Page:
Ureterovesical junction obstruction

Description

The metanephros (primitive kidney) appears in the 5th week of gestation developing from the metanephric diverticulum (ureteric bud) and the metanephric blastema. The ureteral bud increases in length, undergoing multiple divisions to form the ureters, renal pelvis, and related structures. Ureterovesical obstruction is due to a blockage at the level of the bladder and the ureter. The obstruction may be caused by stenosis of the ureteral valves but the most common cause is the failure of a narrow juxtavesical ureteral segment to dilate due to segmented fibrosis or localised absence of muscle. Developmental failure of that muscle may also cause failure of normal peristalsis. UVJ obstruction is more common in males than in females. It is the second most common cause of hydronephrosis in the fetus and newborn. It is also 2 to 3 times more common on the left side and bilateral in 15 to 25 percent.

Diagnosis

The diagnosis of UVJ depends upon the visualisation of megaureter. It may or may not be associated with a dilatation of the renal pelvis or calyces. A normal bladder is seen and the amniotic fluid volume is usually normal. It is important to differentiate between primary megaureter and a secondary or obstructive megaureter. Primary megaureter is the result of a defect in the development of ureteral structures at or above the level of the ureterovesical junction. In the secondary type, pressure from an external source such as a dilated vessel or tumour causes the dilation.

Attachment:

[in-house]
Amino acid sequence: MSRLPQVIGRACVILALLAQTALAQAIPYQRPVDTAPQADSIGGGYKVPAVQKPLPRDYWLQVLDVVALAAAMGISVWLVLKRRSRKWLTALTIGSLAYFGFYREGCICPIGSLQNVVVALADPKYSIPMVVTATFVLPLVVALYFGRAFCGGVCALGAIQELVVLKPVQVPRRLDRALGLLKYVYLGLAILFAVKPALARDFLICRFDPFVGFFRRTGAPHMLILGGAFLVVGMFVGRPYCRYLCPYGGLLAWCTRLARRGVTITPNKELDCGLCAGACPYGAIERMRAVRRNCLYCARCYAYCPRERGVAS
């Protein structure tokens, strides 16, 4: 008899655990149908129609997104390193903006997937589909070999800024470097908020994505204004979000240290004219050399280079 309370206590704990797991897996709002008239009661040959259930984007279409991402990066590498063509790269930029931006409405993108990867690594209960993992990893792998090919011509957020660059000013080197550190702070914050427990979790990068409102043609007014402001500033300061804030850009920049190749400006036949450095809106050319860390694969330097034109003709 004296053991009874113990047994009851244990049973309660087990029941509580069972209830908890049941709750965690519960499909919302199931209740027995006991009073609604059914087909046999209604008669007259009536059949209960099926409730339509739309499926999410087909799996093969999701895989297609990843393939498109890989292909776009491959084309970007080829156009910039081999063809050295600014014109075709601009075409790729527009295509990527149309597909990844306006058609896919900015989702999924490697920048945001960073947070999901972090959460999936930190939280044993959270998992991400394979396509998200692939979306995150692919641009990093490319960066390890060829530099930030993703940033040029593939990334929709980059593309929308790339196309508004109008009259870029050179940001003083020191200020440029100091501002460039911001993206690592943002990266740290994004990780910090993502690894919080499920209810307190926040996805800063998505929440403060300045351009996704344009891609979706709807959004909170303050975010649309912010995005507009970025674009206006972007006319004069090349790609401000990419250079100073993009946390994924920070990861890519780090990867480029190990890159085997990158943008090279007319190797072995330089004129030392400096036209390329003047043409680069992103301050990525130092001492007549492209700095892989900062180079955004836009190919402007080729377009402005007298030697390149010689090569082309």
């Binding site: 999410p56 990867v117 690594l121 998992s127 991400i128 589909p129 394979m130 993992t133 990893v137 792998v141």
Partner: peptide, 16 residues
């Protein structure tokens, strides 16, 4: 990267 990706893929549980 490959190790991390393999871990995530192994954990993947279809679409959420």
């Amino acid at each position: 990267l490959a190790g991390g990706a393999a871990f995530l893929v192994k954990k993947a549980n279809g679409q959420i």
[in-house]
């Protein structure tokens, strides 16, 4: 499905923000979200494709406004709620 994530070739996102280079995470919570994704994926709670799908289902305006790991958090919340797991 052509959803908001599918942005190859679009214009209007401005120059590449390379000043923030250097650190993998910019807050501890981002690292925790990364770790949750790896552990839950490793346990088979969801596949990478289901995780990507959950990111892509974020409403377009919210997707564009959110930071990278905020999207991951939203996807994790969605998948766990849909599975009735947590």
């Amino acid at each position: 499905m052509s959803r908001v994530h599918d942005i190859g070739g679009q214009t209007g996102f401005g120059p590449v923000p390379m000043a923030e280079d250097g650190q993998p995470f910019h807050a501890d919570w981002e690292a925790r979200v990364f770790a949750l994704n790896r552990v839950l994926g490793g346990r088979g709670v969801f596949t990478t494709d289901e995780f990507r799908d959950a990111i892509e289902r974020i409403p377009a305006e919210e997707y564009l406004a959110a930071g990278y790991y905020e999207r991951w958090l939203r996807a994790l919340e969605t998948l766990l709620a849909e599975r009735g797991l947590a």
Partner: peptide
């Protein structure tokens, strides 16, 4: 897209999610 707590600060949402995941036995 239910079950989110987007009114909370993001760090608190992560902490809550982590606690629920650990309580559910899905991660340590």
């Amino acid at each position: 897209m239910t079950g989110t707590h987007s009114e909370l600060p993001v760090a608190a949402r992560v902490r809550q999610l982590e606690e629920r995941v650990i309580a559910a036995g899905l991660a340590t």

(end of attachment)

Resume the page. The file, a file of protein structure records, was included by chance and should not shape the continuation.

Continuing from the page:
Differential Diagnosis

Vesicoureteric reflux (VUR) also presents with hydroureter and hydronephrosis and may be indistinguishable from UVJ obstruction. Dilated bowel usually contains particulate matter, is more anterior, and is not continuous with the renal pelvis. It is important to differentiate bilateral hydronephrosis-hydroureter from megacystic-microcolon-intestinal hypoperistalsis syndrome (MMIHS) and ureteral obstruction. This can be done on finding a normal size bladder and a normal amount of amniotic fluid in the former.

Sonographic Features

Hydronephrosis Hydroureter – can be tubular, tortuous, peristaltic Unilateral or bilateral

Normal bladder

Usually normal amniotic fluid volume in unilateral disease; may be oligohydramnios if bilateral

Renal pelvis may or may not be dilated

Associated Syndromes

  • none

References

Romero R, Pilon G, Jeanty P, Ghidini A, Hobbins J Urinary Tract and Adrenal Gland In: Prenatal Diagnosis of Congenital Anomalies. Appleton & Lange: Norwalk, p278 280
Stevenson R, Hall T, Goodman R Urinary Tract In: Human Malformations and Related Anomalies Vol II. Oxford U Press: New York, p501-516
Warkany J The Ureters In: Congenital Malformations, Notes and Comments. Year Book: Chicago, p1071
Crawfurd M díA In: The Genetics of Renal Tract Disorders Oxford U Press: Oxford, p572